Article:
The lined pocket mouse is smaller than most pocket mice in the genus Chaetodipus, averaging 165 mm (6.5 in) in total length including a tail of 92 mm (3.6 in). It resembles Nelson's pocket mouse (Chaetodipus nelsonii) in size and general appearance but lacks the stiff spines that that species has among the hairs on its rump. Its coloring is also distinctive; the dorsal surface is gray faintly lined with buff giving a drab appearance, the sides are gray and the underparts are white, with a fine buff line delineating the margin between sides and belly.
The lined pocket mouse is found only in the states of San Luis Potosi and Zacatecas in central Mexico where it inhabits desert plains with xerophile scrub at altitudes between 1,600 and 2,400 metres (5,200 and 7,900 ft) above sea level.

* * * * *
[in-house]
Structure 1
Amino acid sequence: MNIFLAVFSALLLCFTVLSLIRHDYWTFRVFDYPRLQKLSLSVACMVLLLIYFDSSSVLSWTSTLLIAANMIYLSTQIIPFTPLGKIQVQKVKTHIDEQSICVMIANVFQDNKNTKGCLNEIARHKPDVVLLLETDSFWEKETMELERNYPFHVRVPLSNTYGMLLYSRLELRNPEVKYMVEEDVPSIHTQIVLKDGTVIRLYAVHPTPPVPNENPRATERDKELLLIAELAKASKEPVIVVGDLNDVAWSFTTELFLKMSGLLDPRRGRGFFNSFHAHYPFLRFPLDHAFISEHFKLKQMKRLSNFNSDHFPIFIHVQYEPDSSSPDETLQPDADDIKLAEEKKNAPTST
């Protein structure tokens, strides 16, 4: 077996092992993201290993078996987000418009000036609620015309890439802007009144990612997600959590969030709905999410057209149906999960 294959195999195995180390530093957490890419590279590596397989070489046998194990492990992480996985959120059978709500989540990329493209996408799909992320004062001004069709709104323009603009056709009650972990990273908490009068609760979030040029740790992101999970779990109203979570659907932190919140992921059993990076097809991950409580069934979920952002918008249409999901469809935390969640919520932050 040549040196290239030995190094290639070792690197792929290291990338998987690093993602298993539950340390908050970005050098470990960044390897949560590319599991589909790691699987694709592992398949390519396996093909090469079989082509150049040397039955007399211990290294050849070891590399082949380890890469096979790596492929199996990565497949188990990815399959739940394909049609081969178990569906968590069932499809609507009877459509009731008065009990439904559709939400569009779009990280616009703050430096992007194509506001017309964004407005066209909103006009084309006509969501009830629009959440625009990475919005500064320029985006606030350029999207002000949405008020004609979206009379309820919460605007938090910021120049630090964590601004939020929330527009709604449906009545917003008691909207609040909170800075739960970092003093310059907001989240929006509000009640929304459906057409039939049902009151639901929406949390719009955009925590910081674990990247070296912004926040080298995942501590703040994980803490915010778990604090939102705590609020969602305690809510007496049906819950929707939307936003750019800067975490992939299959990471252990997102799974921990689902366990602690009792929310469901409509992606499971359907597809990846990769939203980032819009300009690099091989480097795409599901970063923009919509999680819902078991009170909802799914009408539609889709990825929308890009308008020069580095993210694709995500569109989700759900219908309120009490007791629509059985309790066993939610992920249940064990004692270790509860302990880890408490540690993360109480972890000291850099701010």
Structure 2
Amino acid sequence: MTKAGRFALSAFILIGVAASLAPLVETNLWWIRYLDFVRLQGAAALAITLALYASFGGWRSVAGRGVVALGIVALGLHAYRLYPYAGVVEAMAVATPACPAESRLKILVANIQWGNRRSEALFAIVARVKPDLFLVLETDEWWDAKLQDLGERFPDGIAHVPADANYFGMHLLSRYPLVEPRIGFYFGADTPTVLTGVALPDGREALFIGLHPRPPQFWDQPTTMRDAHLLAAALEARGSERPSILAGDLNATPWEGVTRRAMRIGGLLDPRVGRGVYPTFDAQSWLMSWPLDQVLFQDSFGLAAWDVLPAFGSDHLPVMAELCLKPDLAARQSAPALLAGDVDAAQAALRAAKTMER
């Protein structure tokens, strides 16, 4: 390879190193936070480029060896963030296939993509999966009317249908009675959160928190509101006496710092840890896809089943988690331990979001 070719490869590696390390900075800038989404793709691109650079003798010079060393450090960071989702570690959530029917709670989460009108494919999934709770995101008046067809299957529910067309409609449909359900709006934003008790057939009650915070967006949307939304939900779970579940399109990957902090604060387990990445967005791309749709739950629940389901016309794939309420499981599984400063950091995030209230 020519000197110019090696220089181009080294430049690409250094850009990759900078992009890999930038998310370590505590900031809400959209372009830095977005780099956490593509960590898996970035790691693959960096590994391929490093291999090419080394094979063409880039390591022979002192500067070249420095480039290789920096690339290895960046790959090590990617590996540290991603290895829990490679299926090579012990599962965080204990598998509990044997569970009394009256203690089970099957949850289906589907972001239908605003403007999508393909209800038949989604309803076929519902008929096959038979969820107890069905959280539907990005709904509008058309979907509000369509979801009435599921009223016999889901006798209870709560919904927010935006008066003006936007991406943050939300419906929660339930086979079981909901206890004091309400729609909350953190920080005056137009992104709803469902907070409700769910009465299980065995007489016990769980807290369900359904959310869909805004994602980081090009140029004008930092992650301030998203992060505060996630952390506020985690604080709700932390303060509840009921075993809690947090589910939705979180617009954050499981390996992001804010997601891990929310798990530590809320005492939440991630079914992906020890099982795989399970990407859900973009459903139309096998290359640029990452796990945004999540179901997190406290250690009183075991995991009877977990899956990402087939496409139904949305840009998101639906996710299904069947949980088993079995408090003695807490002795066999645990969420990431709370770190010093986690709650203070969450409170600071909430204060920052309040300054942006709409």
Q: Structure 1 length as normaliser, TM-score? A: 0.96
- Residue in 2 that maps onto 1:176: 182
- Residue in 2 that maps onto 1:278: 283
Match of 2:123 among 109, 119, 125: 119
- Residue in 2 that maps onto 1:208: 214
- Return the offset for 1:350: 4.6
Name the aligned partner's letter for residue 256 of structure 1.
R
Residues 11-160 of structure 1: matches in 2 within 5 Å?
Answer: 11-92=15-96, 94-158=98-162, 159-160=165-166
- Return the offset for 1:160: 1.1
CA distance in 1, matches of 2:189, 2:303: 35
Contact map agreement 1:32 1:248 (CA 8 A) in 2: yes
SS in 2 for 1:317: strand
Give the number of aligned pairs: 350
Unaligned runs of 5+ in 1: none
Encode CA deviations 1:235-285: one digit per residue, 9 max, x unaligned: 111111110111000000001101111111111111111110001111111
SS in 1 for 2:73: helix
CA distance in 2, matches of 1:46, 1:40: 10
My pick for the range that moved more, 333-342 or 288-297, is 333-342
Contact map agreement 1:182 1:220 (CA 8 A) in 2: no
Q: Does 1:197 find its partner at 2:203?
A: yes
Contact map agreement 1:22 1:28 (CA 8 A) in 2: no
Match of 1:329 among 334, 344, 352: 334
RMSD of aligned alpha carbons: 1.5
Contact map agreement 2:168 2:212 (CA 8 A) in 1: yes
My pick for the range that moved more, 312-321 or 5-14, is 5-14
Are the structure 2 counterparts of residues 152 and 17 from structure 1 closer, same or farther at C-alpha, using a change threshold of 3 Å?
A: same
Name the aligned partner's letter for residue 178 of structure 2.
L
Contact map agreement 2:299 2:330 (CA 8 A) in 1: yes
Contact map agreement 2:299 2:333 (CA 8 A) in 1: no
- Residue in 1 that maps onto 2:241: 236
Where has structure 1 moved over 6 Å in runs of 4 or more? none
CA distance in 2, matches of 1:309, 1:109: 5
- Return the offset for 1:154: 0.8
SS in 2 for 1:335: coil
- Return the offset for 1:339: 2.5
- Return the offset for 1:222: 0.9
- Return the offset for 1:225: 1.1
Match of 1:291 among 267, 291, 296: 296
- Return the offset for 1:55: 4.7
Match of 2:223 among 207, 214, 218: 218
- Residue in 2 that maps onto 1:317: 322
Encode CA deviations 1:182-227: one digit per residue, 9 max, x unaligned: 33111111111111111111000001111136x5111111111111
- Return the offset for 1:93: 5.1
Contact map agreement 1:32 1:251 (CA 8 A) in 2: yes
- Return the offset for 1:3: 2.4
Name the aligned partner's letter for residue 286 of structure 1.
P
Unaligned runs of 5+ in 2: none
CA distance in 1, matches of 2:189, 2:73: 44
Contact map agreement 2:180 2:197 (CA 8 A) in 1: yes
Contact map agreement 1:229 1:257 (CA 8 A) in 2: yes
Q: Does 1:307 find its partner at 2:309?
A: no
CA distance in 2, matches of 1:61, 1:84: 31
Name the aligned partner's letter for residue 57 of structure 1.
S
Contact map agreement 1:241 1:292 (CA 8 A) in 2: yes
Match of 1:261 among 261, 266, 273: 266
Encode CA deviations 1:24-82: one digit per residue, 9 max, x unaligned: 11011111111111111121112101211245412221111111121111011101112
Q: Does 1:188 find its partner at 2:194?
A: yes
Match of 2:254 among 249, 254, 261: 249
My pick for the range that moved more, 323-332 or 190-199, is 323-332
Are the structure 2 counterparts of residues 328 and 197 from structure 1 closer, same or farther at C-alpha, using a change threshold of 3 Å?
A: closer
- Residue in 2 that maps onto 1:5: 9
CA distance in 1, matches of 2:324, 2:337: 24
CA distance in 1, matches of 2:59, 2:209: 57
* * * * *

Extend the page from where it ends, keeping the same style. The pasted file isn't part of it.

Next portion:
The lined pocket mouse lives in a burrow and is nocturnal. The entrance of the burrow is usually at the base of a plant, in a crevice or in some other concealed location. When it emerges after dark, the pocket mouse moves slowly around staying under cover as much as possible. If it needs to cross an open space it moves much more rapidly. It feeds on seeds such as those of the prickly pear (Opuntia) which fall to the ground, but it does not eat the pulp of the cactus fruit.
The lined pocket mouse has a restricted range, is relatively uncommon and its population trend is unknown. The International Union for Conservation of Nature is unable to assess its conservation status and lists it as "data deficient".